Review History


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Summary

  • The initial submission of this article was received on March 10th, 2014 and was peer-reviewed by 2 reviewers and the Academic Editor.
  • The Academic Editor made their initial decision on April 22nd, 2014.
  • The first revision was submitted on May 22nd, 2014 and was reviewed by 1 reviewer and the Academic Editor.
  • The article was Accepted by the Academic Editor on May 28th, 2014.

Version 0.2 (accepted)

· · Academic Editor

Accept

Thank you for carefully revising your manuscript.

·

Basic reporting

No Comments

Experimental design

No Comments

Validity of the findings

No Comments

Comments for the author

The revised manuscript is improved substantially and the authors addressed all the questions satisfactorily.

One minor point:
- line 134: there is twice 'biologists are' in succession

Version 0.1 (original submission)

· · Academic Editor

Major Revisions

Both reviewers had specific comments. In particular the second reviewer raised several important points that you should address in your revision.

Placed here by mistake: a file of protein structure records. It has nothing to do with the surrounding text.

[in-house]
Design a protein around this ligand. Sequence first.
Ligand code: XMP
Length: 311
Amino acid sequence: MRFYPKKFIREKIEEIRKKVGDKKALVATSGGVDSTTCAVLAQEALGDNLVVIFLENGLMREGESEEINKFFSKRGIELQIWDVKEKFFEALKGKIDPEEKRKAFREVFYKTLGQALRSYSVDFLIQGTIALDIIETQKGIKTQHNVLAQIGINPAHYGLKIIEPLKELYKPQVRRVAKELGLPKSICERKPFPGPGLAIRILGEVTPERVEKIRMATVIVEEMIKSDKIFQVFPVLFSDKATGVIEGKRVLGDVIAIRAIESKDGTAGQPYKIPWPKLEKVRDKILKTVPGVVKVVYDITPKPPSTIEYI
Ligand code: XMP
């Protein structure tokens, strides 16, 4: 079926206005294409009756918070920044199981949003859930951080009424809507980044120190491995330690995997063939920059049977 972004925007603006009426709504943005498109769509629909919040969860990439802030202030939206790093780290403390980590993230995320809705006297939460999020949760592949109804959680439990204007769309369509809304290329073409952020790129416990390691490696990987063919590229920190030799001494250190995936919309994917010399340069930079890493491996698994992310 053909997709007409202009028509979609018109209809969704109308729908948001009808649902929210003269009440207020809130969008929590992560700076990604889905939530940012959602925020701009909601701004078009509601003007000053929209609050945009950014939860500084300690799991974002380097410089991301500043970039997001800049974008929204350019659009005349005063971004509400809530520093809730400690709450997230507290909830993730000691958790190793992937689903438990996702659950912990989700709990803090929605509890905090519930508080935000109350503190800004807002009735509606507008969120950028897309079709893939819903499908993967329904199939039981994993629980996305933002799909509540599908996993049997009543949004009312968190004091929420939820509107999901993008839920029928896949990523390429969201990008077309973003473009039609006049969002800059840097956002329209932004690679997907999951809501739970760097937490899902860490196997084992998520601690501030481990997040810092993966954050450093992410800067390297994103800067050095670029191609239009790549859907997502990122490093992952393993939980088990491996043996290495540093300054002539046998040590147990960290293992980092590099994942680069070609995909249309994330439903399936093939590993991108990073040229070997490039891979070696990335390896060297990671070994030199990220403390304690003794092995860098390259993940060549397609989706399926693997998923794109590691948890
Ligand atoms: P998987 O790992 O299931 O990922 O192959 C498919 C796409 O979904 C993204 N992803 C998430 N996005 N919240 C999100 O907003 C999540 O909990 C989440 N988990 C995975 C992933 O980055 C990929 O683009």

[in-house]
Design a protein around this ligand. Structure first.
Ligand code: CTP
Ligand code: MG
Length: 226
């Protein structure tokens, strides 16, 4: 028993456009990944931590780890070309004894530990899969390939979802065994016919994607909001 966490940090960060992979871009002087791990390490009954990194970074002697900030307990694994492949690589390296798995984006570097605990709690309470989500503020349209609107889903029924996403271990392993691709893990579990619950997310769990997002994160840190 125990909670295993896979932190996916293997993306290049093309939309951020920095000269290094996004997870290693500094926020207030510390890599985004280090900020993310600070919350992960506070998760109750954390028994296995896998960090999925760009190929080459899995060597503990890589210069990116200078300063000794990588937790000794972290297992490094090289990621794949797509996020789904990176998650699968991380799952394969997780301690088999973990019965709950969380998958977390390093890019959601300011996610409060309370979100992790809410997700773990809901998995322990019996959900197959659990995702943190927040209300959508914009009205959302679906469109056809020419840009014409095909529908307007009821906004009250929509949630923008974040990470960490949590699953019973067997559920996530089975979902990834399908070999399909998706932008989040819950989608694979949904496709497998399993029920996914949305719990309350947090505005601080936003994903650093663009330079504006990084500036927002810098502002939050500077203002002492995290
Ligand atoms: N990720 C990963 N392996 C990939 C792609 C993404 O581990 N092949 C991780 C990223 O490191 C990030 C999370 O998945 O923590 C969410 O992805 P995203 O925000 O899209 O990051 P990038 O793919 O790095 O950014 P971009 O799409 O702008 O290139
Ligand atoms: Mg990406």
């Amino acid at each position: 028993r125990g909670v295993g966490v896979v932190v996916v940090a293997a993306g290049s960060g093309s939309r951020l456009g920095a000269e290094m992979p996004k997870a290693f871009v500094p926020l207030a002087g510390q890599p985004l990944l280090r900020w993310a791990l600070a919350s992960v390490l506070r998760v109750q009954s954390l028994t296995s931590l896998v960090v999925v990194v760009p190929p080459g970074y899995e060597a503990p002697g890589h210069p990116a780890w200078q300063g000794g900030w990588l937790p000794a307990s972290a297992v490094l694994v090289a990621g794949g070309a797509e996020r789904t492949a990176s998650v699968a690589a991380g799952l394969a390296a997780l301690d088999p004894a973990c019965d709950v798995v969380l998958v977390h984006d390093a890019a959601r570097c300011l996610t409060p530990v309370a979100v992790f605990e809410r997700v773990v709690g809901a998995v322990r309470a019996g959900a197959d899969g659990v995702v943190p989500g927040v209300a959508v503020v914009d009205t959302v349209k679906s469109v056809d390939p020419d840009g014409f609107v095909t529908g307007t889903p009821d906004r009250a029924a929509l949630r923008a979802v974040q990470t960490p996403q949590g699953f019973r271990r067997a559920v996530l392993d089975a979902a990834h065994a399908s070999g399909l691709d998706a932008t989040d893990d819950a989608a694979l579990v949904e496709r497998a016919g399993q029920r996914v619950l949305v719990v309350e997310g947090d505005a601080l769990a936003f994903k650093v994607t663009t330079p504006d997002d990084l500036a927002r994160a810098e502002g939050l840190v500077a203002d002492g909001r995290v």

·

Basic reporting

No comments

Experimental design

No comments

Validity of the findings

No comments

Comments for the author

The manuscript of Van Mourik et al. describes a methodology that allows to study the predictive quality of biological multi-parameter models by a full computational uncertainty analysis. They show that the predictive quality of sloppy biological models does not necessarily depends on the parameter uncertainty. Furthermore they show that the quality of predictions vary within one model and that this depends on the type of prediction. The methodology is very relevant since it gives systems biologist the opportunity to test their biological models for predictive quality for different predictions. However, I have some questions.